UAW Members Pass Strike Authorization Vote

Written by Ethan Bernard

The United Autoworkers (UAW) union said Friday its strike authorization vote passed “with near universal approval” from its members at the Detroit 3 automakers.

UAW president Shawn Fain said the current combined average across the 150,000 union workers at Ford, General Motors (GM), and Stellantis was 97% in favor of authorizing the strike. Final votes were still being tabulated.

“The Big Three have been breaking the bank while we have been breaking our backs,” Fain said in a statement.

UAW said the strike authorization passed at GM by 96%, at Ford by 98%, and at Stellantis by 95%. It specified that the “vote does not guarantee a strike will be called, only that the union has the right to call a strike if the Big Three refuse to reach a fair deal.”

A spokesperson for Stellantis told SMU in an emailed statement that “the discussions between the company and the UAW’s bargaining team continue to be constructive and collaborative.”

The spokesperson noted there was “a focus on reaching a new agreement that balances the concerns of our 43,000 employees with our vision for the future – one that better positions the business to meet the challenges of the US marketplace and secures the future for all of our employees, their families and our company.”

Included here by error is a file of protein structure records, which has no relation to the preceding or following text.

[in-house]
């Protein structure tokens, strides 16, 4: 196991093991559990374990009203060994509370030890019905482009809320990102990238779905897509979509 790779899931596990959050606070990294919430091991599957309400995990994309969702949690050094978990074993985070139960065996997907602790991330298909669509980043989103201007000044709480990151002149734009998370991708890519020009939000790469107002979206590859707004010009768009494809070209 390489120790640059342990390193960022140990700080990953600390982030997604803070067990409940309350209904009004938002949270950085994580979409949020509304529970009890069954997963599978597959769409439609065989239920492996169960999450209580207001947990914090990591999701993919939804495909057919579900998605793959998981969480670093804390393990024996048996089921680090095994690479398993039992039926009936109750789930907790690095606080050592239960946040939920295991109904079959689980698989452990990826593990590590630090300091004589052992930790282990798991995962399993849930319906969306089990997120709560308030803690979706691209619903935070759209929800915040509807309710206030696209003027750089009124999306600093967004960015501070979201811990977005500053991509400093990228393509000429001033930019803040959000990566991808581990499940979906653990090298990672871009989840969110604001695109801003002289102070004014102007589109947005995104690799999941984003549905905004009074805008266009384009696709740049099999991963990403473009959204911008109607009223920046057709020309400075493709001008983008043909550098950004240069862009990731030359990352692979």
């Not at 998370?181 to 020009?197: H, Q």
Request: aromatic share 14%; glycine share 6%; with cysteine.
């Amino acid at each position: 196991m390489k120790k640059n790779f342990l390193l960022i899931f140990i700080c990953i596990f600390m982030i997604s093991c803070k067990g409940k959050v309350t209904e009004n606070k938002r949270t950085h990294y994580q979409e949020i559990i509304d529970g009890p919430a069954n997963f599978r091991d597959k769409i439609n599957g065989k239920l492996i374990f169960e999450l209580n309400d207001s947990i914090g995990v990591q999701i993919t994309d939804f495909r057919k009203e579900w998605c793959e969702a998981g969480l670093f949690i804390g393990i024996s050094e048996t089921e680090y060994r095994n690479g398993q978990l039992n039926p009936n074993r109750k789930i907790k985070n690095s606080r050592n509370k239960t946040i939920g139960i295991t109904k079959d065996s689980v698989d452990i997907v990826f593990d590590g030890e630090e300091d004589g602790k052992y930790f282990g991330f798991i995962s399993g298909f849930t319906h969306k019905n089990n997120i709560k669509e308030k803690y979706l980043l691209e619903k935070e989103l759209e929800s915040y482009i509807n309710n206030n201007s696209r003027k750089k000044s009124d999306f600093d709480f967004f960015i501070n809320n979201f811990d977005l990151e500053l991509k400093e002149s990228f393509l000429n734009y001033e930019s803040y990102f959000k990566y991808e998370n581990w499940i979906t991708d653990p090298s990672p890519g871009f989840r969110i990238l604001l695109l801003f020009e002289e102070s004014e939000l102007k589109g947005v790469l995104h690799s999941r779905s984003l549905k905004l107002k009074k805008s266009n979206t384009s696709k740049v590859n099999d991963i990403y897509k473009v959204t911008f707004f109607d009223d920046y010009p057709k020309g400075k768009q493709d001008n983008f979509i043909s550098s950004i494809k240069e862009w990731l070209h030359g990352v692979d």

In an emailed statement to SMU, a Ford spokesperson said the company “is proud to build more vehicles in America and employ more UAW-represented hourly workers in America than any other automaker.”

“We look forward to working with the UAW on creative solutions during this time when our dramatically changing industry needs a skilled and competitive workforce more than ever,” the spokesperson added.

A GM spokesperson told SMU, “We continue to work hard with the UAW every day and bargain in good faith to ensure we get this agreement right for our team members, our customers, suppliers, the community and the business.” The spokesperson noted that the automaker posts info/background at www.gmnegotiations2023.com.

UAW said its demands include: 1) the elimination of tiered wages and benefits, 2) wage increases to offset inflation and match the generous salary increases of company executives over the last four years, 3) the re-establishment of cost-of-living allowances and defined benefit pensions and retiree healthcare, 4) the right to strike over plant closures, 5) significant increases to current retiree benefits, and 6) more paid time off to be with family.

The current labor agreement is set to expire on Sept. 14 at 11:59 p.m.

Ethan Bernard

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